In North Africa, professing Jesus as your Savior can be dangerous. Not only will your neighbors likely shun you, the government may even step in and you find yourself in jail. But that does not stop the small community of believers from meeting to worship their Lord.
Here is a look at what one small house church meeting looks like in North Africa …
In a modest living room, no bigger than 150 square feet, four believers gather to worship Jesus Christ and encourage one another. Because they are a small group—in fact, all members of the same family—they don’t have to worry just yet about suspicions of “church activity.” Yet they meet in secret in one of their homes.
They greet one another joyfully … embracing one another fully as they begin to share their lives with one another. As they begin, each of the believers takes a turn sharing a Scripture that touched them this week and explaining what that portion of God’s Word means to them.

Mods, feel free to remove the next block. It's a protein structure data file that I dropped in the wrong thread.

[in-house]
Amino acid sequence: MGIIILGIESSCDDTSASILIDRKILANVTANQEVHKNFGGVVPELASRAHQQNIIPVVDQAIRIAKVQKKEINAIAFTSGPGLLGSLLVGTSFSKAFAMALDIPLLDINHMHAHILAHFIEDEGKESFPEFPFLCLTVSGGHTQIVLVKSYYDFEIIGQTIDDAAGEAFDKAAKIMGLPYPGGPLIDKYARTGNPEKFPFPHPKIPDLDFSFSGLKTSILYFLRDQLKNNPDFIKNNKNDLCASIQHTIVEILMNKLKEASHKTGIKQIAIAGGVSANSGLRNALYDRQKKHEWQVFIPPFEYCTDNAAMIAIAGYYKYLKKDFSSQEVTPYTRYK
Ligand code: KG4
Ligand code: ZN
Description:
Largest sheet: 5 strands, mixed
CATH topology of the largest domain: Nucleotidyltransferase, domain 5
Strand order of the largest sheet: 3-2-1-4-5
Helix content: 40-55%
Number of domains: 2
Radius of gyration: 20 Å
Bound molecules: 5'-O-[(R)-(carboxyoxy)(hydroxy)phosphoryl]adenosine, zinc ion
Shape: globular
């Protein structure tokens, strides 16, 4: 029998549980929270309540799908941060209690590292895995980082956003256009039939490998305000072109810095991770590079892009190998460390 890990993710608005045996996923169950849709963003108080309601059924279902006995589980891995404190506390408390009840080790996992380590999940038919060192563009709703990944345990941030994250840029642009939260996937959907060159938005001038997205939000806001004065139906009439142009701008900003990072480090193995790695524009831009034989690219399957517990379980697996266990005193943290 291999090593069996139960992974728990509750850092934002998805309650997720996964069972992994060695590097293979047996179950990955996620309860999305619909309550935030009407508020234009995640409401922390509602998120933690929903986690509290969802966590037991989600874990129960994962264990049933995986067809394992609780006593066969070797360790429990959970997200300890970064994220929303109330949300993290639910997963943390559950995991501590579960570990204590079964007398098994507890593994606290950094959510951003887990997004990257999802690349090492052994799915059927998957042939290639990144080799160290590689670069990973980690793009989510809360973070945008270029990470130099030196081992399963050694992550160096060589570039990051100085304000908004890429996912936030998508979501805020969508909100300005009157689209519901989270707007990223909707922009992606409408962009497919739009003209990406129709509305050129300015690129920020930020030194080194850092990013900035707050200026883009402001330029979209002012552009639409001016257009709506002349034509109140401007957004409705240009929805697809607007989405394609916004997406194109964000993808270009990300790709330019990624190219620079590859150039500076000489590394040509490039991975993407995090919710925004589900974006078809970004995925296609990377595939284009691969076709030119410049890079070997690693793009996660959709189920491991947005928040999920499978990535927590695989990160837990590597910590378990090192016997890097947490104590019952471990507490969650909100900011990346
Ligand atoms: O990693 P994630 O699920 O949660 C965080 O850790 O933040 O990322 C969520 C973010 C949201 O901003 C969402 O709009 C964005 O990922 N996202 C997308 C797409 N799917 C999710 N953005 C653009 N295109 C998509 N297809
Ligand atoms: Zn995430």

Once they complete their time of sharpening one another through Scripture, they each take a turn praying—a particular source of joy for the women who were not allowed the same rights to prayer as men before when they were Muslims. The practice of every member praying is important to them because it shows that they are all equal in God’s eyes.
Last, the members join in the Lord’s Supper—taking the bread and the cup just like Jesus Christ once did and just like we in the United States do in remembrance of Him.
They take the loaf of bread they purchased at a local bakery and pass it around, each tearing off a piece to represent Christ’s body broken for them. And they pass around a glass from the homeowner’s kitchen filled with red wine to represent Christ’s blood shed for them. Then they eat and drink … reflecting on Christ’s love and sacrifice and repenting.
Once their time of worship is complete, the believers share a meal and go back into their community to share their lives and their faith with those they know … looking expectantly to the day when they are no longer the only four believers in their village.